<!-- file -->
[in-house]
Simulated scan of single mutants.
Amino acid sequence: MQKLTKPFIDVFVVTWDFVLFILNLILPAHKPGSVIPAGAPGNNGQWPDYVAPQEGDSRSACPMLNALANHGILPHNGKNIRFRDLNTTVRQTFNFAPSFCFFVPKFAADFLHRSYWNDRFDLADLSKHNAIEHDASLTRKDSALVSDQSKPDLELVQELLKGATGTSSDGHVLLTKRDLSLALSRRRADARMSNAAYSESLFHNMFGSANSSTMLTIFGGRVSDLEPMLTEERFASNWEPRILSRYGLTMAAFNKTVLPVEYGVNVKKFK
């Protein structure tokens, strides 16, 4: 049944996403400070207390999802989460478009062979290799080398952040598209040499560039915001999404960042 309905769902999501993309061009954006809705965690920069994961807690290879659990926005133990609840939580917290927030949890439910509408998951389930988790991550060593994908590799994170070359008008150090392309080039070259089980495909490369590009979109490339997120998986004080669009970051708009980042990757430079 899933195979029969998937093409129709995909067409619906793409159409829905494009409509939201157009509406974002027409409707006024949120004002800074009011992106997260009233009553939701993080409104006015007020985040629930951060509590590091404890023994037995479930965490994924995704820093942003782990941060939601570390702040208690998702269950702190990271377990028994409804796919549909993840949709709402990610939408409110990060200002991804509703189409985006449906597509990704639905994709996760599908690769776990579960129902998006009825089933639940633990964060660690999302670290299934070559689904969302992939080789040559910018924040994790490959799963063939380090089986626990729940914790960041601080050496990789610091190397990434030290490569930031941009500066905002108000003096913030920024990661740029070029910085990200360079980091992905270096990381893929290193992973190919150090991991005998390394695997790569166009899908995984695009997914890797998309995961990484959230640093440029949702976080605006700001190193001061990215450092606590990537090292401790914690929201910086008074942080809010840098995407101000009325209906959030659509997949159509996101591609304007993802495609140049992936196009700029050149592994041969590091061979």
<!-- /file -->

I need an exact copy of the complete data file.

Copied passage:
[in-house]
Simulated scan of single mutants.
Amino acid sequence: MQKLTKPFIDVFVVTWDFVLFILNLILPAHKPGSVIPAGAPGNNGQWPDYVAPQEGDSRSACPMLNALANHGILPHNGKNIRFRDLNTTVRQTFNFAPSFCFFVPKFAADFLHRSYWNDRFDLADLSKHNAIEHDASLTRKDSALVSDQSKPDLELVQELLKGATGTSSDGHVLLTKRDLSLALSRRRADARMSNAAYSESLFHNMFGSANSSTMLTIFGGRVSDLEPMLTEERFASNWEPRILSRYGLTMAAFNKTVLPVEYGVNVKKFK
């Protein structure tokens, strides 16, 4: 049944996403400070207390999802989460478009062979290799080398952040598209040499560039915001999404960042 309905769902999501993309061009954006809705965690920069994961807690290879659990926005133990609840939580917290927030949890439910509408998951389930988790991550060593994908590799994170070359008008150090392309080039070259089980495909490369590009979109490339997120998986004080669009970051708009980042990757430079 899933195979029969998937093409129709995909067409619906793409159409829905494009409509939201157009509406974002027409409707006024949120004002800074009011992106997260009233009553939701993080409104006015007020985040629930951060509590590091404890023994037995479930965490994924995704820093942003782990941060939601570390702040208690998702269950702190990271377990028994409804796919549909993840949709709402990610939408409110990060200002991804509703189409985006449906597509990704639905994709996760599908690769776990579960129902998006009825089933639940633990964060660690999302670290299934070559689904969302992939080789040559910018924040994790490959799963063939380090089986626990729940914790960041601080050496990789610091190397990434030290490569930031941009500066905002108000003096913030920024990661740029070029910085990200360079980091992905270096990381893929290193992973190919150090991991005998390394695997790569166009899908995984695009997914890797998309995961990484959230640093440029949702976080605006700001190193001061990215450092606590990537090292401790914690929201910086008074942080809010840098995407101000009325209906959030659509997949159509996101591609304007993802495609140049992936196009700029050149592994041969590091061979």